Inside Out Again
December 19, 1997
There is a gap between stimulus and response, and the key to both our growth and happiness is how we use that space. Do we respond to situations positively, proactively? Are we taking control of our own lives?
Meditating on this idea led Covey to start deep communication with his wife, including more and more discussion of their inner worlds. It was a time of inner discovery.
They developed two ground rules. First, "no probing," just empathize. Probing was too invasive. The second was when it hurt too much, quit for the day.
The most difficult and most fruitful part of this communication came when the vulnerability of each person was touched. They discovered a new sense of reverence for each other. They discovered that even seemingly truthful things often have roots in deep emotional experiences. To deal with the superficial trivia without seeing the deeper, more tender issues is to trample on the sacred ground of another's heart.
The ability to use wisely the gap between stimulus and response, to exercise the four unique endowments of our human nature, empowers us from the inside out. (The four endowments are self-awareness, imagination, conscience, and independent will. See the summary of Habit 1 - Be Proactive.)
By understanding the role of scripting, we understand the transcendent power in a strong intergenerational family. An effectively interdependent family of children, parents, grandparents, aunts, uncles, and cousins can be a powerful force in helping people have a sense of who they are, where they came from and what they stand for.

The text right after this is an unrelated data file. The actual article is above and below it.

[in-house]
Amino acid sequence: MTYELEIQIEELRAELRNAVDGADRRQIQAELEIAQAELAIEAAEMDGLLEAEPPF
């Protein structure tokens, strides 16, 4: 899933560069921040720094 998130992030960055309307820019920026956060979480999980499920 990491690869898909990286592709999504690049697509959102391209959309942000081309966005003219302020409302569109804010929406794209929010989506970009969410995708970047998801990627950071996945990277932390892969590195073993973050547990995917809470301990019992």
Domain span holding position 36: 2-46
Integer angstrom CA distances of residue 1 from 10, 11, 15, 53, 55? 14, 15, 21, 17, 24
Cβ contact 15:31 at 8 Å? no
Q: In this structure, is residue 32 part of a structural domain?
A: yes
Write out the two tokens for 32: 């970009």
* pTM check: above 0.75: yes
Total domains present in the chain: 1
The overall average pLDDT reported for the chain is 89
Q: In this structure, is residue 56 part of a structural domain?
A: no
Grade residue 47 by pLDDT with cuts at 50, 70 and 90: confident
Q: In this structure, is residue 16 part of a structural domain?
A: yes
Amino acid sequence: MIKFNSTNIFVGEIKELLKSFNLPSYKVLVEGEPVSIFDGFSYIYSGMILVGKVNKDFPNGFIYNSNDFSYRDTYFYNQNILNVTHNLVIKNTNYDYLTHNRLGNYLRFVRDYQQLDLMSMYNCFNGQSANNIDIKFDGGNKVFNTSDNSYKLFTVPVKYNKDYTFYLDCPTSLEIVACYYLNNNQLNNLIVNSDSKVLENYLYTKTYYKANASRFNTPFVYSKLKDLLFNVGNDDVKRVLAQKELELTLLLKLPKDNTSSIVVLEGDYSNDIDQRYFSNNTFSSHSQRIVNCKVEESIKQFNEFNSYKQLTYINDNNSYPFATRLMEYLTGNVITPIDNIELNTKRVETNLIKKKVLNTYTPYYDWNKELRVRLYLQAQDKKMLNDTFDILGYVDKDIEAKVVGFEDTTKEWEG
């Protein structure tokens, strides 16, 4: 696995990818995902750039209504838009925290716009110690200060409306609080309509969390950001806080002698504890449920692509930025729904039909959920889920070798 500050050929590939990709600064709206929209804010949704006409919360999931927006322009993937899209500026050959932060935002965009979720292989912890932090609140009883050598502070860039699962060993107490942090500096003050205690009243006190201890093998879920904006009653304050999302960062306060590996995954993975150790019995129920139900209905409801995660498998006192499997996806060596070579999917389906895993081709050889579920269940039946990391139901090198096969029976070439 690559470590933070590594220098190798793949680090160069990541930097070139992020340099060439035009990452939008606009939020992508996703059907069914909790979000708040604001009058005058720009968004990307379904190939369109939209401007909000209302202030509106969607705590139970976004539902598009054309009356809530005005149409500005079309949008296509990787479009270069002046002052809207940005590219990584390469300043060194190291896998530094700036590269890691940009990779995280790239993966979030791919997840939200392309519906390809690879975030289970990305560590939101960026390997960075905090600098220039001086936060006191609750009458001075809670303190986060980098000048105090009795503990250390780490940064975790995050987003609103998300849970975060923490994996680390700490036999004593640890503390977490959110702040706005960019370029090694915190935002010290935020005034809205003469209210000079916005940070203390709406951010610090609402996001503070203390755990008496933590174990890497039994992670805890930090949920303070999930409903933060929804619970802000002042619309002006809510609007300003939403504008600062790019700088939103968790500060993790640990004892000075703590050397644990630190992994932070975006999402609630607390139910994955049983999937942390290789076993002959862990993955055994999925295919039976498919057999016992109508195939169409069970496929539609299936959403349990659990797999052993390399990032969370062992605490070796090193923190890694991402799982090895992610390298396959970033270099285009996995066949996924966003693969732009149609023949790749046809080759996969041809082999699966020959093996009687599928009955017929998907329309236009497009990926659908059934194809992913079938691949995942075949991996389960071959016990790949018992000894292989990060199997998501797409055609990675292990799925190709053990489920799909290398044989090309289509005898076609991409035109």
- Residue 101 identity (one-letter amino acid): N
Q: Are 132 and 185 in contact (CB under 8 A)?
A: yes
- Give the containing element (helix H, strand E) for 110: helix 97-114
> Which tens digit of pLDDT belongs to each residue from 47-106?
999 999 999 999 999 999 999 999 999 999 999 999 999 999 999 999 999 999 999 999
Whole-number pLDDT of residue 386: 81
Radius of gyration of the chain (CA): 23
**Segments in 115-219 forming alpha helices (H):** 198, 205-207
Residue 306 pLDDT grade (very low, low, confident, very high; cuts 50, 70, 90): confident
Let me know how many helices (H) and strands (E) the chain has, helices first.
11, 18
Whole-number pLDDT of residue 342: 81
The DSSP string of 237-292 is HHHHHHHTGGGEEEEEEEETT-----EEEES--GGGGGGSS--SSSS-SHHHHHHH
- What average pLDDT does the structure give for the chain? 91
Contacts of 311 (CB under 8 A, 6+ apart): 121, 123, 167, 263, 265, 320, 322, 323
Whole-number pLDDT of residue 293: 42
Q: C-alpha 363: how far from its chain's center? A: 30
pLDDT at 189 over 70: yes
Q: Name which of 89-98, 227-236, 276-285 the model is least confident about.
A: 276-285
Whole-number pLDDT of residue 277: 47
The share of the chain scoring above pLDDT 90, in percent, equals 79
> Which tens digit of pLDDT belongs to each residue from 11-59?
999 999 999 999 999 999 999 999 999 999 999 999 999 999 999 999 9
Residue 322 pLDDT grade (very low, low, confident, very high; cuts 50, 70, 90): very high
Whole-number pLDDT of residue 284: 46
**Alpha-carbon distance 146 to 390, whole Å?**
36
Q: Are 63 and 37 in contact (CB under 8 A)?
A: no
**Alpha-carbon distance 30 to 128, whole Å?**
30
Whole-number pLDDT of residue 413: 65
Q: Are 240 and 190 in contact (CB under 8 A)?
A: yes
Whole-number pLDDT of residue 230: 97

"There are only two lasting bequests we can give our children. One is roots, the other wings."
We should make a personal goal of becoming a "transition person," a person who changes the scripts transferred to the next generation from negative to positive by being proactive. This should be part of our personal mission statement. A tendency that has run through a family for generations can stop with one person.
Anwar Sadat, the former President of Egypt, was a powerful transition person for peace in the Middle East. Sadat said, "He who cannot change the very fabric of his thought will never be able to change reality, and will never, therefore, make any progress."
Real change comes from the inside out. Amiel said, "Only these truths... which have become ourselves... are really our life... So long as we are able to distinguish any space whatever between truth and us we remain outside it. To become divine is then the aim of life.... It is no longer outside us, now in a sense even in us, but we are it, and it is we."
To achieve unity with ourselves, our loved ones, our friends, and our working associates, is the highest, best, and most delicious fruit of the Seven Habits.
Building a character of total integrity and living the life of love and service that creates such unity isn't easy, but it's plausible. If we start with the daily private victory and work from the inside out, results will surely come.
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